Uptake of naphthalenes by the clam, Rangia cuneata, in the vicinity of an oil separator platform in Trinity Bay, Texas.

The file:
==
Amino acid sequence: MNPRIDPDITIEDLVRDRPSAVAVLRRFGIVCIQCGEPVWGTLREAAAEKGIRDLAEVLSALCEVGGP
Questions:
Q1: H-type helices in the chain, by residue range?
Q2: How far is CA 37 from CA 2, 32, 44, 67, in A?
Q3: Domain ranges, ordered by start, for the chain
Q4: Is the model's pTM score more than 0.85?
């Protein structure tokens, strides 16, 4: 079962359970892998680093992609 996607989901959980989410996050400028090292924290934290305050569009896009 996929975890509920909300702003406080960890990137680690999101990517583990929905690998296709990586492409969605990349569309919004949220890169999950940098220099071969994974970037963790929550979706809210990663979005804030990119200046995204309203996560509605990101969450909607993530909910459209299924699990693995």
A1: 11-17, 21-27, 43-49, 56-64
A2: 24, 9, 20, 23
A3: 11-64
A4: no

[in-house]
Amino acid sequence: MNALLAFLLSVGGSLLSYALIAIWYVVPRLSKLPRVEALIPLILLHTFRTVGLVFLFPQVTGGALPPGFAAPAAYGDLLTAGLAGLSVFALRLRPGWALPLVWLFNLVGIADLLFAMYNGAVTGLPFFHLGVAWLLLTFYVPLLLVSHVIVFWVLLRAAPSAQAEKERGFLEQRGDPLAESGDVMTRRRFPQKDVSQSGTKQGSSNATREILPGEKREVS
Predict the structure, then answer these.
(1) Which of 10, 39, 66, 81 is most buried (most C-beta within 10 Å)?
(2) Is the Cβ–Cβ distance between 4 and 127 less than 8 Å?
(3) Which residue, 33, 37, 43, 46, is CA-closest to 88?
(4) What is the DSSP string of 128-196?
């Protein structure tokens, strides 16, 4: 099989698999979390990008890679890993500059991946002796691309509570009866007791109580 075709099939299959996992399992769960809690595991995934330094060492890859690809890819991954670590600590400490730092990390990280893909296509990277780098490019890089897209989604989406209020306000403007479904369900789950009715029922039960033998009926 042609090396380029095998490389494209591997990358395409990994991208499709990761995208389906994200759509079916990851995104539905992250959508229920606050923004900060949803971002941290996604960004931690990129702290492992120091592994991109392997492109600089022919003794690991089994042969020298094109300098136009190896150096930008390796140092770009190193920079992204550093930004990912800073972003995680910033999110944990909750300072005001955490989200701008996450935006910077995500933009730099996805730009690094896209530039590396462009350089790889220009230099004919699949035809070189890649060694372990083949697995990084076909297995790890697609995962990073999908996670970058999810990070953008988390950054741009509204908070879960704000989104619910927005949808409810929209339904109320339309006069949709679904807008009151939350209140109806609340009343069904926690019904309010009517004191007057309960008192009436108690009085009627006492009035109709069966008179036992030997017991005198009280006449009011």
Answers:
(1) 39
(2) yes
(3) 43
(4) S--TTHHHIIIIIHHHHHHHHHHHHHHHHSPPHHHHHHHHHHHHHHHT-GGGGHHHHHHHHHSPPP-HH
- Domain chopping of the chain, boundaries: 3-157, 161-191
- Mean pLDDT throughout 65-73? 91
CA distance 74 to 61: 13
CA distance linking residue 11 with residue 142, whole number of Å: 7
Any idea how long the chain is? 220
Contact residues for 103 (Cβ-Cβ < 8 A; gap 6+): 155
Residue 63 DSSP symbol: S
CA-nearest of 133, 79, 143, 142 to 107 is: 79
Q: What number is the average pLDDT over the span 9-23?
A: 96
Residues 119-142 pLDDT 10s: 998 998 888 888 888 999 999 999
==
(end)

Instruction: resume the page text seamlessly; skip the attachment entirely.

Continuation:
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In three separate experiments, the clam, R.cuneata was exposed under and near an oil separator platform in Trinity Bay, Texas for periods of approximately 100 days. The greatest naphthalenes uptake was in those clams exposed beneath the platform. Clams exposed at distances of 150-1000 m from the platform showed little or no uptake of naphthalenes. In clams returned to the lab and allowed to depurate, most of the accumulated naphthalenes were released although detectable levels remained in some of the clams after 47 days. There was good correlation between the rates of naphthalenes uptake by the clams and naphthalenes levels in the sediments at the different stations. However, clams analyzed by gas chromatographic techniques showed high levels of weathered hydrocarbons suggesting that the sediments are a source of hydrocarbons accumulated by the clams. The results are discussed in relation to the physical features of Trinity Bay which is a very shallow, semi-enclosed body of water with a high suspended sediment load.